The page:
Enrollments at colleges and universities, particularly those in the northeast, dropped by nearly 2 percent for fall 2016, continuing a trend that has seen a drop of approximately 6 percent over the last four years. The over-24 population, once hailed as a potential antidote to the declining population of high school students, experienced the sharpest decline, falling by nearly 4 percent according to the National Student Clearinghouse Research Center. The result? Significant numbers of colleges and universities didn’t “make” their freshman classes, graduate programs went undersubscribed, and for-profit institutions shuttered locations and slashed staffing.
Where Will the Dollars Come from?
Not surprisingly, many institutions are taking a hard look at programs that were once “sacred cows,” but that may now be considered financial drains due to under-enrollment. Others are looking at beefing up programs that show growing demand or specialized interest, such as new master’s programs.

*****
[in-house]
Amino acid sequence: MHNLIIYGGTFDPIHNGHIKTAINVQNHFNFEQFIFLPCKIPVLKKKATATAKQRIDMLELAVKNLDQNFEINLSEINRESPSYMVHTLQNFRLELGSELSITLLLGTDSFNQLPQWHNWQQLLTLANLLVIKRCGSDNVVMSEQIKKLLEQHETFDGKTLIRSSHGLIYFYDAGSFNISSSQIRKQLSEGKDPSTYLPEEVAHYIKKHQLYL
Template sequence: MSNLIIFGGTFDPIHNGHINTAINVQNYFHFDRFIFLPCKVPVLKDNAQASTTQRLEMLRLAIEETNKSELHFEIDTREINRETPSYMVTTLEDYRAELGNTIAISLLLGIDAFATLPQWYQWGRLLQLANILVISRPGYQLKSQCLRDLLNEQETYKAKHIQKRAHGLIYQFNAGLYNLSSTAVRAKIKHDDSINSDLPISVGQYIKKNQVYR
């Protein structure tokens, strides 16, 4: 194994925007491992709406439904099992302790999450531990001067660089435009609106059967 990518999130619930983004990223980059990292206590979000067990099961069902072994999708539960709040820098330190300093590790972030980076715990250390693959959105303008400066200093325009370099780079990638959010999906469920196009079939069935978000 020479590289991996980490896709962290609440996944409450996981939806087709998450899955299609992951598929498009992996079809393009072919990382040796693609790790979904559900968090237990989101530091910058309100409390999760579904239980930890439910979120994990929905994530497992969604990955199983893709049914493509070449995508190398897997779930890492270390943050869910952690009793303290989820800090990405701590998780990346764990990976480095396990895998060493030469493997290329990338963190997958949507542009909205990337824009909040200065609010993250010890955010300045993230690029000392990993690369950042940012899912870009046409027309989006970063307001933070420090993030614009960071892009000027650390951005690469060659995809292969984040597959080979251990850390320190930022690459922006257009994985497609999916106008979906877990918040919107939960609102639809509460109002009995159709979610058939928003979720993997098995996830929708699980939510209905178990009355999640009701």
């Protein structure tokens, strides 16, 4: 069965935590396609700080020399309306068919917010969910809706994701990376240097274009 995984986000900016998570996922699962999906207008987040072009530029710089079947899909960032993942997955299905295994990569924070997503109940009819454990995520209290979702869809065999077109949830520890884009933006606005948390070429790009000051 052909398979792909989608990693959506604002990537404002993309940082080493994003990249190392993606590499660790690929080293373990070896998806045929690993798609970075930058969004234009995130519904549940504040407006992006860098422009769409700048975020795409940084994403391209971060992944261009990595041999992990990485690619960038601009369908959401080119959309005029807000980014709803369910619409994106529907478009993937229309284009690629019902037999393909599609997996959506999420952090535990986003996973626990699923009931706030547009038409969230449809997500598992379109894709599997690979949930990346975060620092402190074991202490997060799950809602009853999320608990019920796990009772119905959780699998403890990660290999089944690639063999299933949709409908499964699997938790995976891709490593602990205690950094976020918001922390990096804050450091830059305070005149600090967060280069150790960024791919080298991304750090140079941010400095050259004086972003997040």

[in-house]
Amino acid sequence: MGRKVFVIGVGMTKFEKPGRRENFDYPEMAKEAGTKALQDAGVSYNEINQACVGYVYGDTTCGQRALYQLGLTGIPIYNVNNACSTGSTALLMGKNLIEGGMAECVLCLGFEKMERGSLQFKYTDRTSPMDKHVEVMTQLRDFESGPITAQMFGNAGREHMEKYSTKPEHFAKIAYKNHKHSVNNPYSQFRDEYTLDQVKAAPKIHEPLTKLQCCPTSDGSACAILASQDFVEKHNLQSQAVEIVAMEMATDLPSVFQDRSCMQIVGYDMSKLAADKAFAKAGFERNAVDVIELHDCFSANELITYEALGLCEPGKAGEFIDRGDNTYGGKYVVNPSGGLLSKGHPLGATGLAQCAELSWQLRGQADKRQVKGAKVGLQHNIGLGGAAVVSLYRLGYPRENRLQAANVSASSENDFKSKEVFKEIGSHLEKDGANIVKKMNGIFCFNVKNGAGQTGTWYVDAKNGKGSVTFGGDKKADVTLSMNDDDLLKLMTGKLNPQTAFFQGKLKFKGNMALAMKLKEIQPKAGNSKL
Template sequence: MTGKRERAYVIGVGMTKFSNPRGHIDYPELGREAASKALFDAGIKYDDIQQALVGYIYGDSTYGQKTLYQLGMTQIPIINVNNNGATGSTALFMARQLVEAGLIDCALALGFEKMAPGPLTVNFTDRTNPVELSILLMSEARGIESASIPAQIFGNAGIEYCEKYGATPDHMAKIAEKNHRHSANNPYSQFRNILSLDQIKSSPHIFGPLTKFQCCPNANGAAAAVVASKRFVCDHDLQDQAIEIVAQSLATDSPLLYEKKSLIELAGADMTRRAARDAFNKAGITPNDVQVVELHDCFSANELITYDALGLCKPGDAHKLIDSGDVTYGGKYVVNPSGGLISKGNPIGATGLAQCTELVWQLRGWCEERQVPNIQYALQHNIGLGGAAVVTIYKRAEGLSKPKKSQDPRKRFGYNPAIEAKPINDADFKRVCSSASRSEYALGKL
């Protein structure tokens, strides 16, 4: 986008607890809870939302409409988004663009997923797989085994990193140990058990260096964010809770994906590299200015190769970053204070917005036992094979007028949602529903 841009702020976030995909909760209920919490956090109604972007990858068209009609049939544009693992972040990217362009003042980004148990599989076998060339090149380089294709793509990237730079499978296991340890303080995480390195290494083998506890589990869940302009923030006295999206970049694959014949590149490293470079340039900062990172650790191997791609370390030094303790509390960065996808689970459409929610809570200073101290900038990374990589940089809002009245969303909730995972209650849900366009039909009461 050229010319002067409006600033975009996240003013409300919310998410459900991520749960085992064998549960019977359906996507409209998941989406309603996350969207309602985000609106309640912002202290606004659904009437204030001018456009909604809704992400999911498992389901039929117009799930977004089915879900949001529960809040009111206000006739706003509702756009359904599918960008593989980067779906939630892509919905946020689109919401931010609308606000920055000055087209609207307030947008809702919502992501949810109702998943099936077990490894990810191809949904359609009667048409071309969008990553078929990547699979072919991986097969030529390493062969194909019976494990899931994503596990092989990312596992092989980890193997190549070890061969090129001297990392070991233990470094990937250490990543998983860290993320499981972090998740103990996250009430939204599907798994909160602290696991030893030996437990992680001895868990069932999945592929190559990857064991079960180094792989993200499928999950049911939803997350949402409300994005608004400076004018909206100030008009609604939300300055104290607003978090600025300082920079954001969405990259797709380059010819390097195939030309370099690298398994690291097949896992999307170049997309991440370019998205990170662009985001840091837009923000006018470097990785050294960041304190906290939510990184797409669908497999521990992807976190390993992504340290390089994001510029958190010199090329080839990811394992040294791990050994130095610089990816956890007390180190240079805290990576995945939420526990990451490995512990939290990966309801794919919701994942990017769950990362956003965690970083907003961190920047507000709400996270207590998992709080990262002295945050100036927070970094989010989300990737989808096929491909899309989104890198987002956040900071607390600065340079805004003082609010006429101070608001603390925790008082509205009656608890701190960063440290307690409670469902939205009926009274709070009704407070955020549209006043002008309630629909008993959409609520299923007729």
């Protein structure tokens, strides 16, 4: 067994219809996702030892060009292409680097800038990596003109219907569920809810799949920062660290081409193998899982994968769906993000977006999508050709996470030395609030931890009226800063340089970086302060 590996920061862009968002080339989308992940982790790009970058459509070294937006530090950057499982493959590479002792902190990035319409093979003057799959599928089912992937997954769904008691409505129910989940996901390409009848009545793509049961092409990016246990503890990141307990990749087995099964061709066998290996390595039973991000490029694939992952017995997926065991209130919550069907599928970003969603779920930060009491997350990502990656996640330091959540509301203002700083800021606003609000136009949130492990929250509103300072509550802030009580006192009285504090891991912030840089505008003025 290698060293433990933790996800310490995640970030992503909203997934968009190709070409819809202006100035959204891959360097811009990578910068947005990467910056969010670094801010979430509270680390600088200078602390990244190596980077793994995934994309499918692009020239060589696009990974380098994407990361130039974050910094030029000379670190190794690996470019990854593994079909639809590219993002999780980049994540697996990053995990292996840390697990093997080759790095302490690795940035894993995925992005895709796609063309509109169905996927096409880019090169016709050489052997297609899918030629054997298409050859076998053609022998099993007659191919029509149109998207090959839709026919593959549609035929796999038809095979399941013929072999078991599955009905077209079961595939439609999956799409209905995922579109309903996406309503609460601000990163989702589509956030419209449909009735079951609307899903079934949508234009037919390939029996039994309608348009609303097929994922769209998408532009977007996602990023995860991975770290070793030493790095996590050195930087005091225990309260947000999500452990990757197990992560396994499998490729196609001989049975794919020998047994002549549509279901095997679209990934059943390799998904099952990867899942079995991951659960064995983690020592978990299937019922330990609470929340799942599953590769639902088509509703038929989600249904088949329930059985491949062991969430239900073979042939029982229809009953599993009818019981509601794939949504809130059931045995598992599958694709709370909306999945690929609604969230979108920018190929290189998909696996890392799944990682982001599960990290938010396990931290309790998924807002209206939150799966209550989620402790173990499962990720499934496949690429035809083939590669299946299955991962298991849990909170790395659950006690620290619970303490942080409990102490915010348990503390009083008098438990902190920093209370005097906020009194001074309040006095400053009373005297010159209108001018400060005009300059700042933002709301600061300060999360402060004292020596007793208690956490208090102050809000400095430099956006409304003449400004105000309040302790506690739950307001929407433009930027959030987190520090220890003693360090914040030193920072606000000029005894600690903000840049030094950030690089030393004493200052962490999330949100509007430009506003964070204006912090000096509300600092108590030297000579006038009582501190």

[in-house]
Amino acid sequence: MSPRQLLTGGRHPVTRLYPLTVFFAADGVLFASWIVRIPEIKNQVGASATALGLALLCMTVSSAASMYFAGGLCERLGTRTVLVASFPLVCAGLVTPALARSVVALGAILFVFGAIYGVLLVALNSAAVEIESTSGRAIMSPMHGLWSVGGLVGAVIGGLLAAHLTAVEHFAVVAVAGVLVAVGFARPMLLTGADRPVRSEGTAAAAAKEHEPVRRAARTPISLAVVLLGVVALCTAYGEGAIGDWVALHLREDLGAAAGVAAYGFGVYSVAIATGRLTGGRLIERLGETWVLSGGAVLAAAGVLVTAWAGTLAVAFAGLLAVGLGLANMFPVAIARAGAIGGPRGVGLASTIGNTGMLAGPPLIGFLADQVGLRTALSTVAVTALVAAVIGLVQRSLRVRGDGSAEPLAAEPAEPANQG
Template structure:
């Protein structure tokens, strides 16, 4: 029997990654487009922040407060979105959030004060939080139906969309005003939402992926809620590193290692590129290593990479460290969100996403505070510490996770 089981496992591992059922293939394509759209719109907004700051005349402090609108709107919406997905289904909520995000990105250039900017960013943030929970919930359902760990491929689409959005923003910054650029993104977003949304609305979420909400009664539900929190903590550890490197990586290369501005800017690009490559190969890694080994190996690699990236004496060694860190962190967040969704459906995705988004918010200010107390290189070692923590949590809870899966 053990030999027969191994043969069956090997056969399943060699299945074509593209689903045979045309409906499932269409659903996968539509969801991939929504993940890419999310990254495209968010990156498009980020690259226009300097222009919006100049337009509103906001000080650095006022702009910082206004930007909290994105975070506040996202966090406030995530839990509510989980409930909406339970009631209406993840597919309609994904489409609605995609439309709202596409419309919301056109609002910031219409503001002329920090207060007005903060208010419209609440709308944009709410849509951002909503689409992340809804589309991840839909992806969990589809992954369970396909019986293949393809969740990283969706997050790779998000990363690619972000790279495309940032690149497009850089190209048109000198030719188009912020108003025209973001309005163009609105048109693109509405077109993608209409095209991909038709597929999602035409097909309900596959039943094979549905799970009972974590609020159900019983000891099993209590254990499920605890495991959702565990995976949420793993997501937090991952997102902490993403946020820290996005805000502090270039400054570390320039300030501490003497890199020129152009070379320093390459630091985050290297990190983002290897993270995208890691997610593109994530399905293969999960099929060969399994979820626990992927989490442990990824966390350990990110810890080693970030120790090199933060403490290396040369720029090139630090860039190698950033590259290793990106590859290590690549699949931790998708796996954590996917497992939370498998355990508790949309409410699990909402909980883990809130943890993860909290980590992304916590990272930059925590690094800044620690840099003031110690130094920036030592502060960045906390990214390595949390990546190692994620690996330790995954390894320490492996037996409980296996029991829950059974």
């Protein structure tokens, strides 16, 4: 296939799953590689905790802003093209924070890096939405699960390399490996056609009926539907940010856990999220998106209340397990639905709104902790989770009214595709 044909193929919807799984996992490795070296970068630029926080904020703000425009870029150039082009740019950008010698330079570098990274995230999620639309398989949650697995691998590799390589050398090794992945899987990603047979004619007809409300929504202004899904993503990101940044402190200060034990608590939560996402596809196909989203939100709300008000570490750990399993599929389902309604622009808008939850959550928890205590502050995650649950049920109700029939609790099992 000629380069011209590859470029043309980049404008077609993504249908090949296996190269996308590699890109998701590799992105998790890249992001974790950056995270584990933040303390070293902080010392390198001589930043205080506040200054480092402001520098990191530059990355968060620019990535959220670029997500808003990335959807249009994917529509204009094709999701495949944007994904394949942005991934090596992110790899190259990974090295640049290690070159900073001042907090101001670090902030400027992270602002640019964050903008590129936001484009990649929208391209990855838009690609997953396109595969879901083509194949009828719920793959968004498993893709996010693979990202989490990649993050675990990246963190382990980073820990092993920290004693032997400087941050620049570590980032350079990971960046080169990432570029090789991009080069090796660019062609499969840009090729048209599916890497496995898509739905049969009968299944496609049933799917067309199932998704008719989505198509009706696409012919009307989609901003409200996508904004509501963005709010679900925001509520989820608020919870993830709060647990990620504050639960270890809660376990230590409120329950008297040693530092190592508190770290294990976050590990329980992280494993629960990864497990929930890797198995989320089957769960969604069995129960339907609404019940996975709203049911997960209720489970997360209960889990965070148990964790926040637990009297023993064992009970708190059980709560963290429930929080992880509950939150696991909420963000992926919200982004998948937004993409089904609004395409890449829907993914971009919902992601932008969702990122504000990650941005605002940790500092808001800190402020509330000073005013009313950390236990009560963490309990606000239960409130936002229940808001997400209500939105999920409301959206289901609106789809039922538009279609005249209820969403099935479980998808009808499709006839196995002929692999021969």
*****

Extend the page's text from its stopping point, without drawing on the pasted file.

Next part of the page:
Two areas also show promise. The first involves ways to cut the expense and time to completion for degree programs. More and more institutions are accepting personal learning assessments (PALS), credit-by-exam, and other forms of competency-based credit. Others are exploring ways to go from MOOC participation to college credit. Still others are looking at providing “micro-credentials” such as badges and certificates that have intrinsic value while offering the potential to stack toward a degree.
How Do We Know What Will Work?
Clearly, adding and subtracting new programs is fraught with financial risk and potential political fallout. But, as Bob Sevier has always said, “If you add something, you have to take something away.” How can you minimize the financial and political landmines?
Fortunately, in this world awash in data, we usually have all the information we need to make these difficult decisions. IPEDS can provide a foundation for some initial thinking, but proprietary institutional data, labor statistics, demographic trends, association data, competitive intelligence, and even Internet job postings can give us insights on what will and will not be a program that will help meet our strategic enrollment objectives.